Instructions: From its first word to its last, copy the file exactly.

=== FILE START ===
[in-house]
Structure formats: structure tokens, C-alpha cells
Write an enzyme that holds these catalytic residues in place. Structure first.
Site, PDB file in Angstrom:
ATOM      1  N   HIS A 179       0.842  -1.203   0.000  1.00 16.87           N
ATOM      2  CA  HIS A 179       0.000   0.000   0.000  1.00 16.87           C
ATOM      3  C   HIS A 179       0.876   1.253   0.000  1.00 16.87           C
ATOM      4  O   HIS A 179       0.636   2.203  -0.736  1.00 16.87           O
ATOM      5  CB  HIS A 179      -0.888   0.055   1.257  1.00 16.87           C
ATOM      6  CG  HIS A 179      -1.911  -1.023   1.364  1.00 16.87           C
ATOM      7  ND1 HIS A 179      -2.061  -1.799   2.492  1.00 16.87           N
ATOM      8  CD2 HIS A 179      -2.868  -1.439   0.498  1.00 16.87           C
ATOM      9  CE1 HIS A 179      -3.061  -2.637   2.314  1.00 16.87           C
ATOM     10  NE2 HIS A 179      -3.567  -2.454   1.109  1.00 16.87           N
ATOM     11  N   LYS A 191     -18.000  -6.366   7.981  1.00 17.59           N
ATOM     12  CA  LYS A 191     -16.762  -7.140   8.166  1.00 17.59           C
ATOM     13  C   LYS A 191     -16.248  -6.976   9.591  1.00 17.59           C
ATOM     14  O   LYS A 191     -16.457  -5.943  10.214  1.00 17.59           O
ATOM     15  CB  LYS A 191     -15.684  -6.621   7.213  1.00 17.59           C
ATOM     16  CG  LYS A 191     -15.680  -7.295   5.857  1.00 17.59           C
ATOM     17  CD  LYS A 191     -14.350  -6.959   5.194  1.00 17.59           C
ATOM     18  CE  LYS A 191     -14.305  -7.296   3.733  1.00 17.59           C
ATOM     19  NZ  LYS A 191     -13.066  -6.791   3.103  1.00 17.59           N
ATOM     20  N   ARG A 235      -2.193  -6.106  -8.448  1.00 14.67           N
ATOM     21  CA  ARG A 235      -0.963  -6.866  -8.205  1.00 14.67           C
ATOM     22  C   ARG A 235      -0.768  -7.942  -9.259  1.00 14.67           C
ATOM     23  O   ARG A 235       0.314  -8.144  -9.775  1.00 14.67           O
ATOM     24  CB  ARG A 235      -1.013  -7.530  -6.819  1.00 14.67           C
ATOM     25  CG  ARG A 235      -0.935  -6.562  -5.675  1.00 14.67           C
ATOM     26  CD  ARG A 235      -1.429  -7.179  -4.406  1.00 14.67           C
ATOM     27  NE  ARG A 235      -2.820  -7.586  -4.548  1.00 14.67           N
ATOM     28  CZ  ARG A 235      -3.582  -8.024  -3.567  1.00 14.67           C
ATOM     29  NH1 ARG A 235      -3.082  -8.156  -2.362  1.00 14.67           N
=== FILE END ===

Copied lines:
[in-house]
Structure formats: structure tokens, C-alpha cells
Write an enzyme that holds these catalytic residues in place. Structure first.
Site, PDB file in Angstrom:
ATOM      1  N   HIS A 179       0.842  -1.203   0.000  1.00 16.87           N
ATOM      2  CA  HIS A 179       0.000   0.000   0.000  1.00 16.87           C
ATOM      3  C   HIS A 179       0.876   1.253   0.000  1.00 16.87           C
ATOM      4  O   HIS A 179       0.636   2.203  -0.736  1.00 16.87           O
ATOM      5  CB  HIS A 179      -0.888   0.055   1.257  1.00 16.87           C
ATOM      6  CG  HIS A 179      -1.911  -1.023   1.364  1.00 16.87           C
ATOM      7  ND1 HIS A 179      -2.061  -1.799   2.492  1.00 16.87           N
ATOM      8  CD2 HIS A 179      -2.868  -1.439   0.498  1.00 16.87           C
ATOM      9  CE1 HIS A 179      -3.061  -2.637   2.314  1.00 16.87           C
ATOM     10  NE2 HIS A 179      -3.567  -2.454   1.109  1.00 16.87           N
ATOM     11  N   LYS A 191     -18.000  -6.366   7.981  1.00 17.59           N
ATOM     12  CA  LYS A 191     -16.762  -7.140   8.166  1.00 17.59           C
ATOM     13  C   LYS A 191     -16.248  -6.976   9.591  1.00 17.59           C
ATOM     14  O   LYS A 191     -16.457  -5.943  10.214  1.00 17.59           O
ATOM     15  CB  LYS A 191     -15.684  -6.621   7.213  1.00 17.59           C
ATOM     16  CG  LYS A 191     -15.680  -7.295   5.857  1.00 17.59           C
ATOM     17  CD  LYS A 191     -14.350  -6.959   5.194  1.00 17.59           C
ATOM     18  CE  LYS A 191     -14.305  -7.296   3.733  1.00 17.59           C
ATOM     19  NZ  LYS A 191     -13.066  -6.791   3.103  1.00 17.59           N
ATOM     20  N   ARG A 235      -2.193  -6.106  -8.448  1.00 14.67           N
ATOM     21  CA  ARG A 235      -0.963  -6.866  -8.205  1.00 14.67           C
ATOM     22  C   ARG A 235      -0.768  -7.942  -9.259  1.00 14.67           C
ATOM     23  O   ARG A 235       0.314  -8.144  -9.775  1.00 14.67           O
ATOM     24  CB  ARG A 235      -1.013  -7.530  -6.819  1.00 14.67           C
ATOM     25  CG  ARG A 235      -0.935  -6.562  -5.675  1.00 14.67           C
ATOM     26  CD  ARG A 235      -1.429  -7.179  -4.406  1.00 14.67           C
ATOM     27  NE  ARG A 235      -2.820  -7.586  -4.548  1.00 14.67           N
ATOM     28  CZ  ARG A 235      -3.582  -8.024  -3.567  1.00 14.67           C
ATOM     29  NH1 ARG A 235      -3.082  -8.156  -2.362  1.00 14.67           N